A Cornucopia Of Fishing Opportunities In The Katahdin Region

September 7, 2018 at 9:47 am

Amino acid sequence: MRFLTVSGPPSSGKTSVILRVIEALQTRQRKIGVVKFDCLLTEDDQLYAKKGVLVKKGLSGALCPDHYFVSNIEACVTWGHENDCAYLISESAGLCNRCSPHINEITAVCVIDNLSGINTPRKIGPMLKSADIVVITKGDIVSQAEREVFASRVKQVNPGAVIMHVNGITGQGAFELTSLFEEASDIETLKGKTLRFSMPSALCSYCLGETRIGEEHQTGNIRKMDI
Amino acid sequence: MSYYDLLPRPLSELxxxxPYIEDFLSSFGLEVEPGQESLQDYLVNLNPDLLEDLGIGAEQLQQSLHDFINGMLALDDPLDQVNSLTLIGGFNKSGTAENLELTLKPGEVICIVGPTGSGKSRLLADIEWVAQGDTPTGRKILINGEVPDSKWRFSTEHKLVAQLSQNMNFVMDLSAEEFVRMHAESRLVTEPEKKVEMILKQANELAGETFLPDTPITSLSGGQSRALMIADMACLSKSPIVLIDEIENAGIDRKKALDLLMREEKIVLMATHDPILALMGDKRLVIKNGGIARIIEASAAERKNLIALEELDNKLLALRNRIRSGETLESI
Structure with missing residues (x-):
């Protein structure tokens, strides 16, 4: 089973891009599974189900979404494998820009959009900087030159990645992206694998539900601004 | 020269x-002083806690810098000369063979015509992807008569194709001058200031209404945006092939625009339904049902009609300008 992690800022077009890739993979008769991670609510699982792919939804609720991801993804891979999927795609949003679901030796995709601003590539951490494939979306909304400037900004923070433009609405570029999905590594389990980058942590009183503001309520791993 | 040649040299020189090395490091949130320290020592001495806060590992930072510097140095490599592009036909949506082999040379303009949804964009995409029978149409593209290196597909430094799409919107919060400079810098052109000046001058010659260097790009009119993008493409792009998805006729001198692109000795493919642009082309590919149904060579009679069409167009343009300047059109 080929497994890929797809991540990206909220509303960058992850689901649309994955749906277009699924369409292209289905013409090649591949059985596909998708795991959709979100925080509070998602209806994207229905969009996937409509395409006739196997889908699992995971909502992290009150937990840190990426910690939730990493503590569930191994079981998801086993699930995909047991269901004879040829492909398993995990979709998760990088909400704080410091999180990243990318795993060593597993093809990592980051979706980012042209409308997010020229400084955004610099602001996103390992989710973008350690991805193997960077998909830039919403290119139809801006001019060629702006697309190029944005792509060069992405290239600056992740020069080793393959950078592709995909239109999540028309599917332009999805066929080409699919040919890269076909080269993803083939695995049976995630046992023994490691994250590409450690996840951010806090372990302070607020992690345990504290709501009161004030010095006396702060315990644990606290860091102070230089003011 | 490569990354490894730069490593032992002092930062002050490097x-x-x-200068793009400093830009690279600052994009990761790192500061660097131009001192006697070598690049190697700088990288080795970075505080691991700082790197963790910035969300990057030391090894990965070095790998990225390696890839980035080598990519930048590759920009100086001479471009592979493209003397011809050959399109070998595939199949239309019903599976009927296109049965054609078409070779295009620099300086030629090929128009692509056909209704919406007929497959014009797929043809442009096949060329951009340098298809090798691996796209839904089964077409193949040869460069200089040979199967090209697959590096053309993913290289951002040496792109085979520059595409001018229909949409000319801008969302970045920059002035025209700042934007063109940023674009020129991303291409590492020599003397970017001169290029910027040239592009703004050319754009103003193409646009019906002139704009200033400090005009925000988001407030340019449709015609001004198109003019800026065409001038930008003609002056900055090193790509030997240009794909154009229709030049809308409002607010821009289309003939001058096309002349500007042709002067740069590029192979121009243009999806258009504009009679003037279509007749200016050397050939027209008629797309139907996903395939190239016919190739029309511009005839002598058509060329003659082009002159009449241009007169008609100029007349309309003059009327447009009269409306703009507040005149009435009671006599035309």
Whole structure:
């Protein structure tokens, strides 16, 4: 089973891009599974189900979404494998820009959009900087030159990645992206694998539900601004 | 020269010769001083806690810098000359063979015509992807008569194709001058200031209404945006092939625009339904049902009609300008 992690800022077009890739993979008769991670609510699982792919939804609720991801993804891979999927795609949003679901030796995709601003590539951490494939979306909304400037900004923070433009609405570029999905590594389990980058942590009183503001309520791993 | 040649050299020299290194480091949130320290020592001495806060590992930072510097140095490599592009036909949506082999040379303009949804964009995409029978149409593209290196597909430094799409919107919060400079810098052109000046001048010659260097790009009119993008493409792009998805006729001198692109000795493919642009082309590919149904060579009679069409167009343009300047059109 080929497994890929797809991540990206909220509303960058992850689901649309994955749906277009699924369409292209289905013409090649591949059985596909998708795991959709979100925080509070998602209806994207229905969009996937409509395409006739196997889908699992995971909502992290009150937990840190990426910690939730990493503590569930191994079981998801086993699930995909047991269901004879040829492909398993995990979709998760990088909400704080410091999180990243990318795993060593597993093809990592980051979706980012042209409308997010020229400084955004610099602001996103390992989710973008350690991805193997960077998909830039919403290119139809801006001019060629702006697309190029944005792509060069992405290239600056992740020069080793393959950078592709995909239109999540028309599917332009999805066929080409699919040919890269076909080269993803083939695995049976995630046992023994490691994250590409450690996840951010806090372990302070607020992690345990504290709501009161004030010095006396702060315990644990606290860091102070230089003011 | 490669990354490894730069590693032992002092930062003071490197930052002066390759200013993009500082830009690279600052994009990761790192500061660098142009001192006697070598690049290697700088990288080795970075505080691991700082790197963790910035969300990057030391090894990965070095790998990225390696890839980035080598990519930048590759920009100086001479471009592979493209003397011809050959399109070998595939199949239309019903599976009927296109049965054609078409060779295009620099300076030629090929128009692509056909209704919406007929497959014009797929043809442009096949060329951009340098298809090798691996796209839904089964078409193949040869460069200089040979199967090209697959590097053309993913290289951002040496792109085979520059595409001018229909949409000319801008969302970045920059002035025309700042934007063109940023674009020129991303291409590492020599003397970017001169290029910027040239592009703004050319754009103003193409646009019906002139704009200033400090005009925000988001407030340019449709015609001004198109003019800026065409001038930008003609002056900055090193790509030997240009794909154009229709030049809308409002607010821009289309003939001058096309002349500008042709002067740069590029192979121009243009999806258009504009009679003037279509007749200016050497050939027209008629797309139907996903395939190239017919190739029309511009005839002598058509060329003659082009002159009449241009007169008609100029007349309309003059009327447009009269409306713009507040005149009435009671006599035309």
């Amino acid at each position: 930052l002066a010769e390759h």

[caption id="attachment_3099" align="alignright" width="495"] The boom house on Ambajejus Lake has both history and charm and contains artifacts and information related to the area's log-driving heritage. The boom house should be accessed by boat.[/caption] By MDIFW Fisheries Biologist Kevin Dunham If you like the idea of having a variety of species to target while fishing, then head to the Pemadumcook Chain of Lakes.  Basically one large waterbody, 18,300 acre Pemadumcook Chain of Lakes consists of five different basins: Ambajejus Lake, Pemadumcook Lake, North Twin Lake, South Twin Lake, and Elbow Lake.  This sprawling body of water is in the heart of the Katahdin Region, located within parts of four townships (T3 and T4 Indian Purchase TWP’s, T1 R9, and T1 R10) and essentially bisected by the Piscataquis/Penobscot County line. Pemadumcook Lake has a max water depth of 101 feet and the oxygen level and water temperature are adequate for fish consistently down to 85 feet.  These cool, well-oxygenated conditions are ideal to support populations of cold-water game fish; landlocked salmon, lake trout (togue), brook trout, lake whitefish, and cusk.  Salmon, togue, and brook trout are popular targets during open water and ice fishing seasons.  Whitefish and cusk have a devoted following during the ice fishing season. While cold-water fish can be found throughout the entire Pemadumcook Chain of Lakes, warm-water fish species (white perch, smallmouth bass, and pickerel) are more dominant in the shallower Ambajejus, Elbow, North and South Twin Lakes.    Excellent boat launching facilities are located at Ambajejus Lake off the Millinocket Lake Road and at South Twin Lake off Rte. 11/157.  Additionally, If lake fishing isn’t your thing, there is a popular river fishery below North Twin dam in the West Branch Penobscot River with easy access off Rte. 11/157. While enjoying a fishing excursion to Pemadumcook Chain of Lakes why not check out the Ambajejus Boom House in the NW corner of Ambajejus Lake?  Located near the West Branch Penobscot River, this structure was built in 1907 and is a testament to the log driving era of the north woods.  Logs would be floated down the West Branch and “boomed-up” where the river entered Ambajejus Lake then towed down the lake to the outlet.  The Boom House was placed on the National Register of Historic Places in 1973 and contains artifacts and information related to the areas log-driving heritage and should be accessed by boat.